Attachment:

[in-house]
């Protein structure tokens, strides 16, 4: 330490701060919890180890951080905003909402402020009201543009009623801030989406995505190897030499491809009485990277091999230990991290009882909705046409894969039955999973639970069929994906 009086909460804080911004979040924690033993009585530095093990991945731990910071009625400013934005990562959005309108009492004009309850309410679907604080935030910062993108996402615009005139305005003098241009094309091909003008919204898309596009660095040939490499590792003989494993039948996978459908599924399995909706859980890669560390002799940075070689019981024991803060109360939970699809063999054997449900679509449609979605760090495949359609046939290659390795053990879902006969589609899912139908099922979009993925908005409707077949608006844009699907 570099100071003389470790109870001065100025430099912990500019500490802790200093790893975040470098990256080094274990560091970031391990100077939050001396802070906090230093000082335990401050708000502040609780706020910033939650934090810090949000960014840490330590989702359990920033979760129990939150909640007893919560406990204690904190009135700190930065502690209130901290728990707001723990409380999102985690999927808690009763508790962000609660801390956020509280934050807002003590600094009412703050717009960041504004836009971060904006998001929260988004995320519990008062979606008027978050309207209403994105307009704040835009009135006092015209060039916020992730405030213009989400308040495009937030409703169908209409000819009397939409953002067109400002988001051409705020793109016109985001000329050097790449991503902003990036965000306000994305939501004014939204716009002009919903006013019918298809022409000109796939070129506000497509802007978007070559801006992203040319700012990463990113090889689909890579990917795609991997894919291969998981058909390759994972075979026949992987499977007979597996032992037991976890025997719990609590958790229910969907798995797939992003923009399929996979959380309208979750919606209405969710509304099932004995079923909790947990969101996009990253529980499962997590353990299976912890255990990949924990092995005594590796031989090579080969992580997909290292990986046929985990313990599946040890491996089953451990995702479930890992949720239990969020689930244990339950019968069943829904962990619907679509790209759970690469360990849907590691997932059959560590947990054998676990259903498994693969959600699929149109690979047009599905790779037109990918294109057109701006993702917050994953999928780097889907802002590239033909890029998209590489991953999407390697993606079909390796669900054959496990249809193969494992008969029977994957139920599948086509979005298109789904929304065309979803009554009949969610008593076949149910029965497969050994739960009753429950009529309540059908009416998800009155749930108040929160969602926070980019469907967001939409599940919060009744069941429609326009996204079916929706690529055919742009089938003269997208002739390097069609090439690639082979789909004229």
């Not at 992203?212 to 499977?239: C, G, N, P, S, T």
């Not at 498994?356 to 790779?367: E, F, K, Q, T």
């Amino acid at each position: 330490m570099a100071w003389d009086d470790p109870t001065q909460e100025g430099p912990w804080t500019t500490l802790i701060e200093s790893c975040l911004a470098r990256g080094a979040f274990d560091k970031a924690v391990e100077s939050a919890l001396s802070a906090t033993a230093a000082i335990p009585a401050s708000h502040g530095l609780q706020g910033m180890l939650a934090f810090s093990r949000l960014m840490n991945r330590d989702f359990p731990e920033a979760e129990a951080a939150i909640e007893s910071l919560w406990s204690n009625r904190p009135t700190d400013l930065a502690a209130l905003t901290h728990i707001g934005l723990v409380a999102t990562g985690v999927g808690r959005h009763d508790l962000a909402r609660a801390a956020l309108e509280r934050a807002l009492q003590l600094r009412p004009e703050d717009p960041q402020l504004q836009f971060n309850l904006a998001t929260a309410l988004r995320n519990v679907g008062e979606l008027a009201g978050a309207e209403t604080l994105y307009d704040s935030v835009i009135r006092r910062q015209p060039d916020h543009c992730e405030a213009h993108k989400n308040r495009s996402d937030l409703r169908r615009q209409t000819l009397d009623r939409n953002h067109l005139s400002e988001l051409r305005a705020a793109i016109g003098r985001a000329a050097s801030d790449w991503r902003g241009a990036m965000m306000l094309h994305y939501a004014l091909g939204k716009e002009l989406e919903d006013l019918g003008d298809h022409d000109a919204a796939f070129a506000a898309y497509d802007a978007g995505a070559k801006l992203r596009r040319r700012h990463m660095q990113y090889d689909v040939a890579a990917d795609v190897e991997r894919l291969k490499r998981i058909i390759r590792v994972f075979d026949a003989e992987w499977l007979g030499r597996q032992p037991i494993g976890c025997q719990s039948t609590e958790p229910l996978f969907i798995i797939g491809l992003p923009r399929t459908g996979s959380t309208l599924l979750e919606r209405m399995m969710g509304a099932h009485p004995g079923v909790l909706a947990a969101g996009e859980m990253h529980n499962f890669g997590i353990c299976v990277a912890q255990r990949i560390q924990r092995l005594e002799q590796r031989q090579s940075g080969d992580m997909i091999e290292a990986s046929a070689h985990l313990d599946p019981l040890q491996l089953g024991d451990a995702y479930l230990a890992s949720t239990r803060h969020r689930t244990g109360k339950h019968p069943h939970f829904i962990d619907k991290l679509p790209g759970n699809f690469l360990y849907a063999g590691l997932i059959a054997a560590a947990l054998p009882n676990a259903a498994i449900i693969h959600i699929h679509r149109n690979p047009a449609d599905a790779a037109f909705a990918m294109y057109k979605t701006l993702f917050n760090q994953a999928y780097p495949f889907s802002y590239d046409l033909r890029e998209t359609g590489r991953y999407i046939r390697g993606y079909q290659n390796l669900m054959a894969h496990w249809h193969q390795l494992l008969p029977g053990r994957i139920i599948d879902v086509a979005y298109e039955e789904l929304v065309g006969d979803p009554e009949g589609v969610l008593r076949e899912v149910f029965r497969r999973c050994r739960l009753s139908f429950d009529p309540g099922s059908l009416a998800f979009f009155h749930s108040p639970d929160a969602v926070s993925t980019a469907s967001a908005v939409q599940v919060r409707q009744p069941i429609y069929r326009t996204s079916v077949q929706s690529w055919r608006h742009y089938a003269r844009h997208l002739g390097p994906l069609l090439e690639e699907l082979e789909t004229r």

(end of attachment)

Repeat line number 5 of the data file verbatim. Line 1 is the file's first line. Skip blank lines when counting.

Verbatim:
């Amino acid at each position: 330490m570099a100071w003389d009086d470790p109870t001065q909460e100025g430099p912990w804080t500019t500490l802790i701060e200093s790893c975040l911004a470098r990256g080094a979040f274990d560091k970031a924690v391990e100077s939050a919890l001396s802070a906090t033993a230093a000082i335990p009585a401050s708000h502040g530095l609780q706020g910033m180890l939650a934090f810090s093990r949000l960014m840490n991945r330590d989702f359990p731990e920033a979760e129990a951080a939150i909640e007893s910071l919560w406990s204690n009625r904190p009135t700190d400013l930065a502690a209130l905003t901290h728990i707001g934005l723990v409380a999102t990562g985690v999927g808690r959005h009763d508790l962000a909402r609660a801390a956020l309108e509280r934050a807002l009492q003590l600094r009412p004009e703050d717009p960041q402020l504004q836009f971060n309850l904006a998001t929260a309410l988004r995320n519990v679907g008062e979606l008027a009201g978050a309207e209403t604080l994105y307009d704040s935030v835009i009135r006092r910062q015209p060039d916020h543009c992730e405030a213009h993108k989400n308040r495009s996402d937030l409703r169908r615009q209409t000819l009397d009623r939409n953002h067109l005139s400002e988001l051409r305005a705020a793109i016109g003098r985001a000329a050097s801030d790449w991503r902003g241009a990036m965000m306000l094309h994305y939501a004014l091909g939204k716009e002009l989406e919903d006013l019918g003008d298809h022409d000109a919204a796939f070129a506000a898309y497509d802007a978007g995505a070559k801006l992203r596009r040319r700012h990463m660095q990113y090889d689909v040939a890579a990917d795609v190897e991997r894919l291969k490499r998981i058909i390759r590792v994972f075979d026949a003989e992987w499977l007979g030499r597996q032992p037991i494993g976890c025997q719990s039948t609590e958790p229910l996978f969907i798995i797939g491809l992003p923009r399929t459908g996979s959380t309208l599924l979750e919606r209405m399995m969710g509304a099932h009485p004995g079923v909790l909706a947990a969101g996009e859980m990253h529980n499962f890669g997590i353990c299976v990277a912890q255990r990949i560390q924990r092995l005594e002799q590796r031989q090579s940075g080969d992580m997909i091999e290292a990986s046929a070689h985990l313990d599946p019981l040890q491996l089953g024991d451990a995702y479930l230990a890992s949720t239990r803060h969020r689930t244990g109360k339950h019968p069943h939970f829904i962990d619907k991290l679509p790209g759970n699809f690469l360990y849907a063999g590691l997932i059959a054997a560590a947990l054998p009882n676990a259903a498994i449900i693969h959600i699929h679509r149109n690979p047009a449609d599905a790779a037109f909705a990918m294109y057109k979605t701006l993702f917050n760090q994953a999928y780097p495949f889907s802002y590239d046409l033909r890029e998209t359609g590489r991953y999407i046939r390697g993606y079909q290659n390796l669900m054959a894969h496990w249809h193969q390795l494992l008969p029977g053990r994957i139920i599948d879902v086509a979005y298109e039955e789904l929304v065309g006969d979803p009554e009949g589609v969610l008593r076949e899912v149910f029965r497969r999973c050994r739960l009753s139908f429950d009529p309540g099922s059908l009416a998800f979009f009155h749930s108040p639970d929160a969602v926070s993925t980019a469907s967001a908005v939409q599940v919060r409707q009744p069941i429609y069929r326009t996204s079916v077949q929706s690529w055919r608006h742009y089938a003269r844009h997208l002739g390097p994906l069609l090439e690639e699907l082979e789909t004229r």